It's not often that e-philanthropy takes the form of swooping TIE-Fighters 'sploding up the place, so we should be grateful that SOE have gifted Star Wars: Galaxies' players with the opportunity to take wrathful revenge on the derelict housing that (assumedly) has blighted the past few years of their online existence, offering both maniacal satisfaction and the knowledge that a charitable donation will be made for each galactic-emigrant's home destroyed. A department of Sony's Online division is located in Austin (Texas) and so perhaps they've monkeysphered their way to choosing Austin Habitat for Humanity as the charity that will receive the proceeds that result from each of Star Wars Galaxies' ex-resident's living spaces becoming Jawa jewels.

I think that Sony have made the best of a bad situation. Clearly, a plethora of players no longer consider SWG their home, yet their homes still remain in virtual existence on the surface of one of SWG's many planets. SWG's new subscribers now find that living space is at a premium on Tatooine, and they're reasonably disgruntled that most of the existing sandy-coloured shacks lie abandoned and unclaimed. Now, considering SWG's relatively low player base (relative to you know what), server-expansion no longer presents itself as a viable option, making the deletion of accounts and destruction of long-abandoned virtual property a transient 'out with the old and in with the new' necessity. The fact that SOE chooses to contribute to charity (when they could simply edit the residences out of existence) is, to me, evidence of businesses' necessity to retain good public relations becoming a positive force for humanity.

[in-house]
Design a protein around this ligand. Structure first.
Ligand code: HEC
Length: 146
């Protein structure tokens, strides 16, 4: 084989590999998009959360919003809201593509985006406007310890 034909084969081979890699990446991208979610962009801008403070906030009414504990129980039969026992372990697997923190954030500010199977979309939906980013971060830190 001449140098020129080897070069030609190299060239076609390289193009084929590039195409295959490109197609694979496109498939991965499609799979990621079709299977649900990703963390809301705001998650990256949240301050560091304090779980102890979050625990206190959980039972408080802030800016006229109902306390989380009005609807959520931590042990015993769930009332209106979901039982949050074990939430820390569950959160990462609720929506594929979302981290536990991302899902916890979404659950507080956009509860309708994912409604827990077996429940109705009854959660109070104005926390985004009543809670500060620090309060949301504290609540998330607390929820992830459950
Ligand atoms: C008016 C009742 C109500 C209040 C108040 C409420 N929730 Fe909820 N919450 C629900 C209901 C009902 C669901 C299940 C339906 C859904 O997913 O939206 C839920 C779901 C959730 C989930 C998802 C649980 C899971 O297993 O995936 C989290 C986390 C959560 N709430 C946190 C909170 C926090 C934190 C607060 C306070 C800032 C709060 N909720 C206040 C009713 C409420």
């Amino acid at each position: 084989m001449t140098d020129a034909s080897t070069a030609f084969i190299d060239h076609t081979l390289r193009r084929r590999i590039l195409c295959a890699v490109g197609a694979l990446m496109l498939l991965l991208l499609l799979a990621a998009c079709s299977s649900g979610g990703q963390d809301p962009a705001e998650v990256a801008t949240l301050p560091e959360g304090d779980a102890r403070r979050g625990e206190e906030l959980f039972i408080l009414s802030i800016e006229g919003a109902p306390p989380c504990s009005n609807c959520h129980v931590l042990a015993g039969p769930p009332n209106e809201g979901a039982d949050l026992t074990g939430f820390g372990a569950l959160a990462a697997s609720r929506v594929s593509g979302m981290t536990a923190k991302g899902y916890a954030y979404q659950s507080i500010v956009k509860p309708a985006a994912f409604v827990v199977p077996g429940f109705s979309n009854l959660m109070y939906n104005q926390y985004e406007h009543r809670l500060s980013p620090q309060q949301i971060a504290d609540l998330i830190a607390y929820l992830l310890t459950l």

The Sentiment is Shared

I had to rejigger this post because of some copyright issue over at YouTube. Fortunately, Ben 'Yahtzee' Croshaw remains someone for whom I'd gladly donate ten pints of my blood ... and I'd wash out my own milk bottles so he could carry it home to use in case of emergency.

Monday, September 03, 2007

Review: Bioshock

Format: PC
Developer: 2K/Irrational
Publisher: 2K


I'm awash with disappointment. Bioshock is not the exceptional game that I'd been told (and sincerely hoped) it would be. High production values and a no-doubt talented development team have combined to found an exhibit of the most paradoxically ocean-deep yet Serious Sam-shallow soggy mush of storytelling and saline gaming. I summon Sam because Bioshock all too often betrays its simple-shooter essence. The truth is, despite its sprawling cityscape, voice-recorded backstory, and literary-inspiration, Bioshock herds the player along a pre-defined path in a manner akin to a headless kamikaze. Once the basic rules have been defined (hack the cameras, electrify the water, exploit the Daddies), Bioshock is a tiresome and repetitive trawl, although it is trawl through some eye-searing and ear-arousing locales.